“I felt two rounds of tremors which both lasted for about five seconds. This all happened within a minute. “My husband, who also felt the tremors, later checked and told me that an earthquake had occurred.”
Project manager Wendy Koh, in her 40s and lives in Lavender, also felt the tremors. She was in the midst of a video call with her colleagues when she felt them which she said lasted about a minute or two.
"I thought it might have been my new washing machine as it’s quite powerful but I only realised what was happening when everyone else on the call said they had also felt the tremors,” she said.
Bedok resident Sharl said she felt the tremors around 9.45am on Friday morning in her 13th-floor home. The 26-year-old social programme executive, who declined to give her full name, told ST: “It felt like the building was shaking, the monitors on my table were moving, too. It made me feel a little dizzy and I think this is probably one the worst tremors I’ve felt so far, since I usually can feel tremors whenever there is an earthquake in the region.”
People also took to social media to report the tremors they felt.
The police and the Singapore Civil Defence Force (SCDF) said they received several calls from the public reporting the tremors. There were no reported injuries, the SCDF added.
Members of the public who are indoors and feel any tremors are advised to take cover under a table and to keep away from items made of glass or any hanging objects, the police said on Facebook. They are also advised people not to use the lift, or any naked light, in case of a gas leak.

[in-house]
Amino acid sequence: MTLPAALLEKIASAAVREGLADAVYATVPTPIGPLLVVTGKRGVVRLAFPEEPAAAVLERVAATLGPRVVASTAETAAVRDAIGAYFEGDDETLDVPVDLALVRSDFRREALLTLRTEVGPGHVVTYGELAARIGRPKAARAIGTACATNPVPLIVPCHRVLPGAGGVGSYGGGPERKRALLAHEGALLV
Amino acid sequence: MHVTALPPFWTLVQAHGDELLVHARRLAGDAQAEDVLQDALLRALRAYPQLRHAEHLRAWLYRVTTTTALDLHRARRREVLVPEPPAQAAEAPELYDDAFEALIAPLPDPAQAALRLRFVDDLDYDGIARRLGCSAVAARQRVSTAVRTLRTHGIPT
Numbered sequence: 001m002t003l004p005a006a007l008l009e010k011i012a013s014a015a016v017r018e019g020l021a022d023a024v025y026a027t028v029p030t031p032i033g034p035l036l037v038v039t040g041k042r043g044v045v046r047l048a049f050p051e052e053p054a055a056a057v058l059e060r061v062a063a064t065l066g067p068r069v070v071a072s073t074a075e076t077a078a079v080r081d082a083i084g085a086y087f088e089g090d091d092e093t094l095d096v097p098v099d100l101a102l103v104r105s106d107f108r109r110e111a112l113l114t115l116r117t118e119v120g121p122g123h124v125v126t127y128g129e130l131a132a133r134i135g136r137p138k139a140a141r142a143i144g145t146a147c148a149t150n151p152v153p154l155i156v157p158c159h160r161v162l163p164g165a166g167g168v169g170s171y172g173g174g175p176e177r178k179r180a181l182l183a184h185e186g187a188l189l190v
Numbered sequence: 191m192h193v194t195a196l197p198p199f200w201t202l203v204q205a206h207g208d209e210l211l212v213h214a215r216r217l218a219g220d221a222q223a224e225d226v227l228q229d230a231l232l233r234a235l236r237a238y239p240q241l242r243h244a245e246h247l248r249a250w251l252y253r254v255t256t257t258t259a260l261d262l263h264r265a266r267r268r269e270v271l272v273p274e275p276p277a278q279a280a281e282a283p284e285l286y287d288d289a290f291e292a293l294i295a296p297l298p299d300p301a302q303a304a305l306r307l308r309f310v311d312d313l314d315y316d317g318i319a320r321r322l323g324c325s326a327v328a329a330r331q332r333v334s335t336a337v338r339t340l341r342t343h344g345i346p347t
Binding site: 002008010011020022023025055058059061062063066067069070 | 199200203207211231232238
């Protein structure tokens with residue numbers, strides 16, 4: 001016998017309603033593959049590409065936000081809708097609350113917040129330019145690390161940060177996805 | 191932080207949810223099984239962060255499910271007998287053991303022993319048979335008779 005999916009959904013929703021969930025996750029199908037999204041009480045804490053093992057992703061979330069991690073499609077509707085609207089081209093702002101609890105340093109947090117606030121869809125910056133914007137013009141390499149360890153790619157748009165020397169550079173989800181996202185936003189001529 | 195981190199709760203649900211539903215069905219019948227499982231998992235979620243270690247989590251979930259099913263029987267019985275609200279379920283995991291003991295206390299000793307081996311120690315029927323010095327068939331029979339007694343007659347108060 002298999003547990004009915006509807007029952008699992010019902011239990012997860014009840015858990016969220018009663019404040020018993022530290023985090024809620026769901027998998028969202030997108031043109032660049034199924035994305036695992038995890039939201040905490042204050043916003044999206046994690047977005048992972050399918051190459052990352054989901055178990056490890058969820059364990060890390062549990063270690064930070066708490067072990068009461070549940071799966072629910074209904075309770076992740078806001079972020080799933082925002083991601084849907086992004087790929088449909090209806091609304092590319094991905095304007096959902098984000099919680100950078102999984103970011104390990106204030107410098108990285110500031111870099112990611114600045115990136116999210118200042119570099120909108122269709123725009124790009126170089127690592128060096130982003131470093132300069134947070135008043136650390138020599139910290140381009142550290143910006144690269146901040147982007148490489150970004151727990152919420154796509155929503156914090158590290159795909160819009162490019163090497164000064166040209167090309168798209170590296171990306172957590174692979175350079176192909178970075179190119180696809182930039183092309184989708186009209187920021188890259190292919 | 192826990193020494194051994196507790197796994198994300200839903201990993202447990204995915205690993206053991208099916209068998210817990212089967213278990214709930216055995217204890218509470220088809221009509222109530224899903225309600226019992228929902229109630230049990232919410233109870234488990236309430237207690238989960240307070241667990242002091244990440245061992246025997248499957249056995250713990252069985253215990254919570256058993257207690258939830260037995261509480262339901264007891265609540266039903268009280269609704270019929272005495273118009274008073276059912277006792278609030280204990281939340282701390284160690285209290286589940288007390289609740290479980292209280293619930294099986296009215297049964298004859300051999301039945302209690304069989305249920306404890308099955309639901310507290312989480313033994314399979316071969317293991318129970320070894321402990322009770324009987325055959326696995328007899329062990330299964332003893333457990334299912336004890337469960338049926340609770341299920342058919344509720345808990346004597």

For those who are outdoors, they are advised to keep away from buildings and overhead electric cables, the police said.
Sitting in the Pacific “Ring of Fire”, where tectonic plates collide, Indonesia experiences frequent seismic and volcanic activities, including earthquakes which are sometimes followed by tsunamis.
Last month, a 6.6-magnitude earthquake hit Java island with tremors felt in Jakarta, causing people to flee from buildings. A 7.4-magnitude quake in Flores Sea in December prompted a tsunami warning, but caused only mild damage.
The quake was also felt in Malaysia.
The Malaysian Meteorological Department (MetMalaysia) issued an alert on the temblor on Twitter at 10.12am, The Star newspaper reported.
"Tremors from the quake could be felt in the western part of Peninsular Malaysia, especially Selangor, Perak, Negri Sembilan, Melaka and Johor," MetMalaysia said.
Student Zhen Li, 17, was having online classes at home in a Kuala Lumpur suburb when she felt the tremors. "I was in the middle of Math class and I felt the chair move," she told The Straits Times.
Indonesia sits on the Pacific “Ring of Fire”, causing it to experience frequent earthquakes.
In 2004, a 9.1-magnitude quake struck the coast of Sumatra and triggered a tsunami that killed 220,000 people throughout the region, including about 170,000 in Indonesia.
- Additional reporting by Wallace Woon in Singapore and Hazlin Hassan in Kuala Lumpur